The cost of a television licence in the United Kingdom will rise by a fixed 3% over each of the next two years and by 2% each year after that, which is less than the current rate of inflation and less than hoped for by the BBC.
The licence fee settlement was formally announced in the House of Commons by the Tessa Jowell, the secretary of state for culture, media and sport.
The BBC had asked for a rise of 1.8% above inflation. Mark Thompson, the director general, who argued that the corporation was “awash in a jacuzzi of cash” when he was previously chief executive of Channel 4, said the deal was a “real disappointment” and said that it means that “we face some quite tough choices”.
The television licence, which is collected by the BBC and funds its radio, television and new media output in the UK, is currently just over £130 a year but will rise to a maximum of £ just over £150 by 2012.
The BBC currently spends around £72.48 of the television licence on television and £34.08 on national and local radio, with just £4.32 on new media and 96p on interactive television.
With the licence fee settlement the BBC Trust has approved plans to move several key departments, including new media, to Salford near Manchester in the north west of England.
The below inflation rise in income is unlikely to materially affect plans to provide programmes over broadband, which are still subject to approval by the BBC Trust.
However, plans to provide a new network of local television news services, which had faced criticism from local newspaper groups, are likely to come under pressure.
The BBC has also been granted a 12.5% increase in its borrowing limit, which is less than it wanted.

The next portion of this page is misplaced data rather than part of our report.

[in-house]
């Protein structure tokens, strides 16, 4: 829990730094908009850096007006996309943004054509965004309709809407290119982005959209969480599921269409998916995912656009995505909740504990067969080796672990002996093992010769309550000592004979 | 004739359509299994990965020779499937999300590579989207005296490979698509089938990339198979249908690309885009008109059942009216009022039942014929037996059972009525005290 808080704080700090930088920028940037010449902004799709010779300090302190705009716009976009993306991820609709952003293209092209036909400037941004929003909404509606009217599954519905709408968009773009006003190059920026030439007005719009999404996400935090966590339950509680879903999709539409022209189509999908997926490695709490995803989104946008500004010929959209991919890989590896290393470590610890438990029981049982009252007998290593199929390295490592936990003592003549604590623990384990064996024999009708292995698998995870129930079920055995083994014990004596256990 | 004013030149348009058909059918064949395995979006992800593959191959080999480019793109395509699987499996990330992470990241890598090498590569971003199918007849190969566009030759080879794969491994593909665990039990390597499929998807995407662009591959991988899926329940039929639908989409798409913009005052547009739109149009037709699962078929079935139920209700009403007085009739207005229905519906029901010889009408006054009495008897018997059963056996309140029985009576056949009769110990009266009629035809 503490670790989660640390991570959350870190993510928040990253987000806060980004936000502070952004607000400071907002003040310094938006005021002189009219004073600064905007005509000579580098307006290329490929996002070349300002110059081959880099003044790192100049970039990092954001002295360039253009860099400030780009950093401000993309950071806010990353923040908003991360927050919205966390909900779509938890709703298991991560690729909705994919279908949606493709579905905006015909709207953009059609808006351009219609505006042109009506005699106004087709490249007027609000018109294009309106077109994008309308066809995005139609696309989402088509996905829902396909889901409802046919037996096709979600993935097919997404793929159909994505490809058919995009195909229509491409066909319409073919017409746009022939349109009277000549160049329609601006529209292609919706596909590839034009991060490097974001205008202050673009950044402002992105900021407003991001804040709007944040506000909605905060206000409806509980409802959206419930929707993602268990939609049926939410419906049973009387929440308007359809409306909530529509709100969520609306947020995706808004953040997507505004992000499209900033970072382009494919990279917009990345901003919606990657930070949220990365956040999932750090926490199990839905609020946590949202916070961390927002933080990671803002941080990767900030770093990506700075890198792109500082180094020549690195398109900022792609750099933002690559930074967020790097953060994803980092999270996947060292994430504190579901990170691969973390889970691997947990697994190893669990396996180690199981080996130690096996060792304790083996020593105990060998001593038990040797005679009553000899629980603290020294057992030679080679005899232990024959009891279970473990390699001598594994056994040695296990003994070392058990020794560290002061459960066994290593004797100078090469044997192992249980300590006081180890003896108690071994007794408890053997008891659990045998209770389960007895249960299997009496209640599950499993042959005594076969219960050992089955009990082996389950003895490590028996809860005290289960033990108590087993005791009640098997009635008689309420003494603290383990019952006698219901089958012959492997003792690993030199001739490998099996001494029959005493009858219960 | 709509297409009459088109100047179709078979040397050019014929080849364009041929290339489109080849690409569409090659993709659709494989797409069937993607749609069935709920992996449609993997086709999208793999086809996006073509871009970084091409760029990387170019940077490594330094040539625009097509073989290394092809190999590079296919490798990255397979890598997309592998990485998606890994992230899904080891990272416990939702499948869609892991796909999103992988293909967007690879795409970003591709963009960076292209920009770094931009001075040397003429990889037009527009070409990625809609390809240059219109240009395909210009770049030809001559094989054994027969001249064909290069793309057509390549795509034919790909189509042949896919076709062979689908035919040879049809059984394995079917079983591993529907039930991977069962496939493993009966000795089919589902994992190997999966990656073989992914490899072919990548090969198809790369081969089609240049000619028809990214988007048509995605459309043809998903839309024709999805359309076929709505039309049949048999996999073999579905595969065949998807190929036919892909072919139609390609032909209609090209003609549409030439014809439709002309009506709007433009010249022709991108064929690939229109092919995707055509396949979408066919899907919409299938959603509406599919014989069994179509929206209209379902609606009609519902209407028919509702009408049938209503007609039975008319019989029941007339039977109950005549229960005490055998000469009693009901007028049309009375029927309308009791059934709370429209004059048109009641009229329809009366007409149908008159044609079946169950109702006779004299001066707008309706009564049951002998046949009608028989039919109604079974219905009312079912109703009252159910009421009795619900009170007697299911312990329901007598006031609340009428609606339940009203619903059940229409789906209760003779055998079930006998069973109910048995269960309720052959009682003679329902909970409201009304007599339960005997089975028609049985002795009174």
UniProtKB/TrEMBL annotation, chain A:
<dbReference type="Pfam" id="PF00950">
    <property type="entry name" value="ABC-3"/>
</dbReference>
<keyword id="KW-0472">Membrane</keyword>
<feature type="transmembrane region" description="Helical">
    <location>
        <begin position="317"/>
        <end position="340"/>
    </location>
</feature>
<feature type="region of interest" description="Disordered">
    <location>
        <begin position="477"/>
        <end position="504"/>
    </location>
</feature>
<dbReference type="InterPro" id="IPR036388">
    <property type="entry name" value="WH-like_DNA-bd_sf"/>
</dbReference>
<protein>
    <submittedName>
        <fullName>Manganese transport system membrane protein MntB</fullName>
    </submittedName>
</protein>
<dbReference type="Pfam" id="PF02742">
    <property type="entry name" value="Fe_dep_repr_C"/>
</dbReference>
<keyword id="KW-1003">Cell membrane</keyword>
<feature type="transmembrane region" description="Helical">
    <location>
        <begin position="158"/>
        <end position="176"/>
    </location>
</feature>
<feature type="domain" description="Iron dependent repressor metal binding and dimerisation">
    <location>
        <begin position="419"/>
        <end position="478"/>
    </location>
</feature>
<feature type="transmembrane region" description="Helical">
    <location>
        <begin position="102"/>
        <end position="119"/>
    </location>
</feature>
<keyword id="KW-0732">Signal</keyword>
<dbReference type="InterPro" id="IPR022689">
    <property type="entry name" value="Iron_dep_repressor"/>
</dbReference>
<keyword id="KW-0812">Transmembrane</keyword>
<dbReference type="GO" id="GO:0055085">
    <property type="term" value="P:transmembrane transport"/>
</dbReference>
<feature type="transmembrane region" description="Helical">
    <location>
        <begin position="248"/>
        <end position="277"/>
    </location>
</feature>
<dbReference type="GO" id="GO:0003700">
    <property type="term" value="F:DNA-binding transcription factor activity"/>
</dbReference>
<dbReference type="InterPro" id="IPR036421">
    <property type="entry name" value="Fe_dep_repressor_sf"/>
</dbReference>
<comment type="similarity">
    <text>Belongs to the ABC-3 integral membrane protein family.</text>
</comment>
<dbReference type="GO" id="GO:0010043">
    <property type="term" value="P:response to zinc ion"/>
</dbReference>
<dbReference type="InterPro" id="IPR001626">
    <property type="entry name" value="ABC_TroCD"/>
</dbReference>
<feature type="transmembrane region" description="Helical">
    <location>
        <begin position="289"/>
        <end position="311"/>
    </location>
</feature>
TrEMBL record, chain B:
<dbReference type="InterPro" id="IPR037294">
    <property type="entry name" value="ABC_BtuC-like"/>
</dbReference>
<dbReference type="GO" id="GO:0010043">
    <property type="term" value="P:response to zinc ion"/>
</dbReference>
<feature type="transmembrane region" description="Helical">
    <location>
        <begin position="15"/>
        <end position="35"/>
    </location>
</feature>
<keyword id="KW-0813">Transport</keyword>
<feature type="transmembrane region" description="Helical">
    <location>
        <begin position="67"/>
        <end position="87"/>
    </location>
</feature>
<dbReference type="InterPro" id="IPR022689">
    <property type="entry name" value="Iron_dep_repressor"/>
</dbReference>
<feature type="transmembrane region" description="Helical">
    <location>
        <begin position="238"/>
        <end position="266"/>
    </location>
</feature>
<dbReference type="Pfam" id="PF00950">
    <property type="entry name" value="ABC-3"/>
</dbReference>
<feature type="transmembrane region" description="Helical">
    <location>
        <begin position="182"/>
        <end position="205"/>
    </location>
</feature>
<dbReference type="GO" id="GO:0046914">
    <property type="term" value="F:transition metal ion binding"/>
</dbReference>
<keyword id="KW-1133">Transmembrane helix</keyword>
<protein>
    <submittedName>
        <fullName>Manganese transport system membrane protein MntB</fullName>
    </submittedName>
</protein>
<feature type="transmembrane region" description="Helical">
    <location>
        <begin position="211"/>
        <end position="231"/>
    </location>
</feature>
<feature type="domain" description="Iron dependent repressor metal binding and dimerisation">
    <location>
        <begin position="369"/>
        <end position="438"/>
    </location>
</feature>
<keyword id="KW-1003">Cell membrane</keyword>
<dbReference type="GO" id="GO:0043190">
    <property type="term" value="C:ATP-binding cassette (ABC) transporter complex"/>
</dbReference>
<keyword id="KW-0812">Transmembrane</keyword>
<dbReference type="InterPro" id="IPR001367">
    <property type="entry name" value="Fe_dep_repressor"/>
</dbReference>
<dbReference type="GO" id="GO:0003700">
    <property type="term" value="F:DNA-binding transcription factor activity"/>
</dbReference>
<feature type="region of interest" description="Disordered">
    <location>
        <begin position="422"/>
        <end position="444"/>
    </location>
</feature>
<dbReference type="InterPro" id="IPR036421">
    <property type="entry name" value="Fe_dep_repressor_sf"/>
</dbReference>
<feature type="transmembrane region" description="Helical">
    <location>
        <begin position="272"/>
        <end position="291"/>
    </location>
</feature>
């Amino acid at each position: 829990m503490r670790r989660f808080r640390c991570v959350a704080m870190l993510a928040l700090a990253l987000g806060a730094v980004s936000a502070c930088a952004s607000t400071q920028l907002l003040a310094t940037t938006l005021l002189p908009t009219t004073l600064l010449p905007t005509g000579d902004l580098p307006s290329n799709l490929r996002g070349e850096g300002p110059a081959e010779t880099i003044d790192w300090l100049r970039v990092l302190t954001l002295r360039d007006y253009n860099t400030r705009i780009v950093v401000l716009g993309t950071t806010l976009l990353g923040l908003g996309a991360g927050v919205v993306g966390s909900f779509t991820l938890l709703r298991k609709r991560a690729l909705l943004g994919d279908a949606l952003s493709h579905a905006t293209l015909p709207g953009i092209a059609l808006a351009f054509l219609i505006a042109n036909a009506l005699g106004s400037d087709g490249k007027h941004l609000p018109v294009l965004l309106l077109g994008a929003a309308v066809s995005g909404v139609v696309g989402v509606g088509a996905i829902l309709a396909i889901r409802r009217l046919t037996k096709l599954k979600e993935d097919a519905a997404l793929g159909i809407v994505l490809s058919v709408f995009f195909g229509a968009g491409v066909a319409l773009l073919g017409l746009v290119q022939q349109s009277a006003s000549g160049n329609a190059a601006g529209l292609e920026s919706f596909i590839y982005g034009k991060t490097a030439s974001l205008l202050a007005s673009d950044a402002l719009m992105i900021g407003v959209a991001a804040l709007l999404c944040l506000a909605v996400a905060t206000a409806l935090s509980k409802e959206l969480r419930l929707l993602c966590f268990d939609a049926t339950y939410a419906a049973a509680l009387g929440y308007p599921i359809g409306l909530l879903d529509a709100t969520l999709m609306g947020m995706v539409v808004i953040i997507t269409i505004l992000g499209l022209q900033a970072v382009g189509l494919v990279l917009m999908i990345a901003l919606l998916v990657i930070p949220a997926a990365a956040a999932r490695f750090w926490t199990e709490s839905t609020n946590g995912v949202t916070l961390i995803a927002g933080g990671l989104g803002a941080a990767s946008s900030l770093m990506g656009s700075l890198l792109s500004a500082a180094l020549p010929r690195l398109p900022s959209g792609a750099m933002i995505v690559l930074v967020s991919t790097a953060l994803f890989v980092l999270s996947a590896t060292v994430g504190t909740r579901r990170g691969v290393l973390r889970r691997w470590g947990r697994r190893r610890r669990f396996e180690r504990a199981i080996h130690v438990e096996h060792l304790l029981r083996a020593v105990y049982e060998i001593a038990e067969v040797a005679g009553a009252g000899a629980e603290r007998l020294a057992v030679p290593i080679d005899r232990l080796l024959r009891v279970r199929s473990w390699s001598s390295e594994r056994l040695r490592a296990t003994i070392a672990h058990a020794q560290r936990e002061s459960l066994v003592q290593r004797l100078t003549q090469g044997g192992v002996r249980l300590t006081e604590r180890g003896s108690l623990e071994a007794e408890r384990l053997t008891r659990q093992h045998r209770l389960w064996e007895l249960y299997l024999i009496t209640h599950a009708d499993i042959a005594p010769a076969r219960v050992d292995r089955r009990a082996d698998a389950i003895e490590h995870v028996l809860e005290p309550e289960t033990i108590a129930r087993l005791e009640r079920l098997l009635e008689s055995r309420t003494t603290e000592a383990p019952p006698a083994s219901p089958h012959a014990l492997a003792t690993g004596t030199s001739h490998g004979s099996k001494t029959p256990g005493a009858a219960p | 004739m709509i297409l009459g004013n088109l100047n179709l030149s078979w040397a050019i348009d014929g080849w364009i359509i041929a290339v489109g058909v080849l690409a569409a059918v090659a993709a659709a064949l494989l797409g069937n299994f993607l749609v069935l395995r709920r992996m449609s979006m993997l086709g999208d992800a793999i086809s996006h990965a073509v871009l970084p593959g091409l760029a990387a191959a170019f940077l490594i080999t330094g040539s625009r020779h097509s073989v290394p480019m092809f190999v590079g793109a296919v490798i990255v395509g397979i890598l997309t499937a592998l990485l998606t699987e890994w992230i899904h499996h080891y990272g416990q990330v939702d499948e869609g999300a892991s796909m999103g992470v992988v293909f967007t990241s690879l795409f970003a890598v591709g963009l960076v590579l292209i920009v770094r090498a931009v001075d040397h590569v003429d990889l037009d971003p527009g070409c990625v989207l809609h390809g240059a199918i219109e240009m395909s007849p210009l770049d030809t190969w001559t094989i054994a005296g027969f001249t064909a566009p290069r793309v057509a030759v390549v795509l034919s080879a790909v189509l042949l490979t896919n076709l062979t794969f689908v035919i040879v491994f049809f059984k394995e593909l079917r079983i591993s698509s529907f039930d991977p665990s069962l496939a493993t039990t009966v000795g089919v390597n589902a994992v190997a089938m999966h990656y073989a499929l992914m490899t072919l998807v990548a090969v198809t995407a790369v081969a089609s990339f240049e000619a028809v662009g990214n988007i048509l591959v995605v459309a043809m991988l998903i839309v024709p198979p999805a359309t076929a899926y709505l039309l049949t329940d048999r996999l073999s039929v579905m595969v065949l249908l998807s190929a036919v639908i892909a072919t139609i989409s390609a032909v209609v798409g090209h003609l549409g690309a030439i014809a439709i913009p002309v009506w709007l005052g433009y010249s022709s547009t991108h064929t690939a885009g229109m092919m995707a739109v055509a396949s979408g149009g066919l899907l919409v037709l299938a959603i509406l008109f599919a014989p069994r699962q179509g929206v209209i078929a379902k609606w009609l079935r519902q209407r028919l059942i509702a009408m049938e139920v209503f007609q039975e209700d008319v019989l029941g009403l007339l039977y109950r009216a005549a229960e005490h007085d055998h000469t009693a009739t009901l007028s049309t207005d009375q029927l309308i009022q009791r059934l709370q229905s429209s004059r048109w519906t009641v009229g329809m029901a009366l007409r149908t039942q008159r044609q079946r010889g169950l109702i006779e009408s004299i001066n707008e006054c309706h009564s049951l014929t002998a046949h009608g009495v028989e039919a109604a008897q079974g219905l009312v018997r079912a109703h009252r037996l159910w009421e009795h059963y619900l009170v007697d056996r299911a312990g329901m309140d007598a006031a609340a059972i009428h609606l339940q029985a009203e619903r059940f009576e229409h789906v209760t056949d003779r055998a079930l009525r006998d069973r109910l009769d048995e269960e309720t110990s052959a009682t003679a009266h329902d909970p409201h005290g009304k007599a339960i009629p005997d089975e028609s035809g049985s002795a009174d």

While the BBC may not have got all it asked for, it gives the corporation a guaranteed income of more than £20 billion over the next six years, which is more than can be said for commercial broadcasters facing a downturn in television advertising.
The licence fee will also be used to fund a ring-fenced £600 million scheme to help elderly and disabled people switch to digital television. It will also pay for a £200 million public communications campaign run by Digital UK to promote digital switchover.
Subject to a review by Ofcom, the government may also direct the BBC to release digital terrestrial transmission capacity–equivalent to one television channel and three radio channels–to another public service broadcaster, probably Channel 4.
BBC Worldwide, the commercial arm of the corporation, is planning to extend its activities to raise revenue abroad, with plans to launch more channels in the United States and carry advertising on an international version of the BBC web site. There are also plans to provide clips of BBC programming on Google Video or YouTube.